The cerebral cortex is the folded, outside layer of the brain, involving it like a tree bark. It is also the most recent brain structure having appeared with mammals - where is responsible for higher brain functions including memory, thought and reasoning but also sensory responses - and is organized in several layers of neurons, with different cortical areas (with distinct neural anatomy) performing different functions.
To understand how these different areas with different functions have evolved is one of today´s biggest questions in science. We already know, for example, that cortical neurons originate from two groups of precursor cells – neuroepithelial cells (NEC) and radial glial cells (RGC) on one hand, and basal progenitors - which develop from NEC and RGC- on the other, although is still unclear how this happens. Basal progenitors are particularly interesting to understand better because when they divide they create new neurons - only very rarely they originate more basal progenitors – what gives them a special potential for treatments in neural regeneration.
And it is exactly this step - from basal progenitors to neurons - that is investigated by Luisa Pinto and Magdalena Götz at the Institute for Stem Cell Research, Neuherberg/Munich, Germany and colleagues in the article now published. The group of researchers have previously identified a protein in RGCs - called AP2gamma – which seemed particularly promising to further investigation since it was shown to be linked to Tbr2, a transcription factor existent in basal progenitors and known to be involved in neuron formation (neurogenesis). Transcription factors are proteins that bind DNA to activate or suppress other genes.
The researchers started by investigating AP2gamma expression in the brain of mouse embryos to find that the gene was only active in the cortex, suggesting a specific function in this structure. And in fact, they went to show that mice without a functional AP2gamma presents a smaller caudal (occipital) cortex, exactly where the visual cortex is located. When this “shrinkage” was investigated Pinto and colleagues discovered that, contrary to what they expected, this was not the result of a reduction in cellular division (which seemed to be even increased) but, instead, of a neural “maturation” issue. In fact, these mice´s caudal basal progenitors lacked most of the normal transcription factors necessary for neurogenesis - including Tbr2 – while retaining features of RGCs (their precursors), apparently staying “immature”.
Since the visual cortex is located in the cortex caudal area the next logical question was to investigate for functional problems that effectively existed in the form of lack of visual clearness and proper binocularity (ability to focus upon an object with both eyes).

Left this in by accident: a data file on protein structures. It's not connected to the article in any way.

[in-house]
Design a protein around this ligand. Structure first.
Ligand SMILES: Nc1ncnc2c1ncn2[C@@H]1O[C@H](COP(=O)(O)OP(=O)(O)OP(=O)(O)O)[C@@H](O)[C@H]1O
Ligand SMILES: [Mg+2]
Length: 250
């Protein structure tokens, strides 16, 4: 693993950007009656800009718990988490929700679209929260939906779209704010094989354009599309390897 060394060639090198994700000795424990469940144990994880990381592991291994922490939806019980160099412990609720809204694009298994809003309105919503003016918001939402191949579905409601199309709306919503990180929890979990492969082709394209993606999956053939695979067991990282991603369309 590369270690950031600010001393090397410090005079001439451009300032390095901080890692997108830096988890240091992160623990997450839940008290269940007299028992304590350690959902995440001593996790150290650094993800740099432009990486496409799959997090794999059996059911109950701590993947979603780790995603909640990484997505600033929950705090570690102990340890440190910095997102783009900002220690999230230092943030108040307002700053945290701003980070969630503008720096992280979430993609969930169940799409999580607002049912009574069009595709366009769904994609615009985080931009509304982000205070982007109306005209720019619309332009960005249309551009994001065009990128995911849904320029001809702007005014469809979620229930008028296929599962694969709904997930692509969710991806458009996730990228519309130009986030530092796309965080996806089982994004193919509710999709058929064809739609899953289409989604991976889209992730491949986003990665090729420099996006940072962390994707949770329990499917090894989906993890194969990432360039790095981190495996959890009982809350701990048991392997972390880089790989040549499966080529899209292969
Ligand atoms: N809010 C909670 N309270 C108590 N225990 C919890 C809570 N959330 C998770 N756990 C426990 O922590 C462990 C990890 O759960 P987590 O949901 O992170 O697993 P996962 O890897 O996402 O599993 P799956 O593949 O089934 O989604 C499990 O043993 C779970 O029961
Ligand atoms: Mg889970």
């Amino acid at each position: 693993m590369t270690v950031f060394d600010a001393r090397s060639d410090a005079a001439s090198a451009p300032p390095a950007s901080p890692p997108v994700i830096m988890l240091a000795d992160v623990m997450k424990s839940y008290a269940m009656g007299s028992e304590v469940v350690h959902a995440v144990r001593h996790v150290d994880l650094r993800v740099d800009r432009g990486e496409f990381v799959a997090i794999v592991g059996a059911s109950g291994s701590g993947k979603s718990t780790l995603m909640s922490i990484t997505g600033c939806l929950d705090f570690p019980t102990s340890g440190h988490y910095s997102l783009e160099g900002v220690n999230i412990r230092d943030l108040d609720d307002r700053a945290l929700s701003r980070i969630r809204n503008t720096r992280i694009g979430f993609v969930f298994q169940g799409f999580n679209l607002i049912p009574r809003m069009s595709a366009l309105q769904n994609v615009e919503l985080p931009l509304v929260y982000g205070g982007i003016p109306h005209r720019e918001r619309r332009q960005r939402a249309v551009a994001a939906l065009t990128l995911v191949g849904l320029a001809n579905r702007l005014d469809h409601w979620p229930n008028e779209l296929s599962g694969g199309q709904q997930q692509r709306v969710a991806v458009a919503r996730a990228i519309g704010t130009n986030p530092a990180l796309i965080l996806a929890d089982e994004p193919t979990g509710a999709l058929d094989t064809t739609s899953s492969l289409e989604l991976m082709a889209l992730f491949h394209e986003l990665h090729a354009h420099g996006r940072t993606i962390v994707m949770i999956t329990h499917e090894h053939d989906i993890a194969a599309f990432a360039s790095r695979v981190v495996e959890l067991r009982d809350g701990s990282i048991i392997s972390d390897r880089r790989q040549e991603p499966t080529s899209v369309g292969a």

In conclusion, Pinto and colleagues show that changes in AP2gamma result in loss of neurons and reduced cortical (or caudal) cortex. This happens because AP2gamma is crucial for the regulation of most transcription factors necessary for the passage from basal progenitor to neuron. So when AP2gamma is not functional, basal progenitors, incapable of generating neurons, re-enter instead the cell cycle dividing again and forming more basal progenitors. Eventually, later in development, these basal progenitors seem to die. The researchers also show that these changes create visual issues, which, very interestingly, resembled the characteristics of very young mice. It was almost like if mice with no AP2gamma maintained an immature cortex what supportedthe molecular data.
Luisa Pinto a Portuguese researcher and the first author of the work explains the importance of these results “we already knew another gene, Pax6, which seemed to be involved in neural regeneration after brain lesions but its manipulation resulted in small numbers of apparently immature neurons what made us suspect that other genes had to be involved. AP2gamma fits the bill perfectly. We are very excited with this result and looking forward to test them together”
Pinto, Götz and colleagues help to unveil some of the mysteries of the development of one of our most important and complex brain areas: the cortex.
Their work has many implications, for a start, by showing that changes in AP2gamma can make a neural precursor re-enter the cell cycle to further multiply and they open the possibility that manipulation of this protein can be used in neural regeneration. This is also particularly important because all Pinto’s results were seen in glutamatergic neurons, which are renowned by their incapacity to naturally regenerate and are also associated to several diseases such as Alzheimer’s where they are known to be the first to die. Not only that, but illnesses like autism, schizophrenia and epilepsy are still explained in terms of an imbalance between the inhibitory and excitatory (mediated by glutamatergic neurons) systems in the cerebral cortex.
“The next step – says Pinto now working at the Life and Health Sciences Research Institute in the University of Minho, Portugal - is to study the function of AP2gamma in neurogenesis modulation after a brain lesions and in stress-related disorders. We will also be collaborating with researchers looking for the function of AP2gamma in primates and humans, since the gene is expressed in both organisms”.
Finally, it is known that the evolution of the cortex - towards more and more complexity – in mammals is not due to changes in the number or types of cortical areas but, instead, in the number of neurons within them raising the possibility that AP2gamma could have been/is a key player in the process.
Article: ”AP2γ regulates basal progenitor fate in a region- and layer-specific manner in the developing cortex”, Nature Neuroscience – 2009 Advance Online Publication DOI: 10.1038/nn.2399
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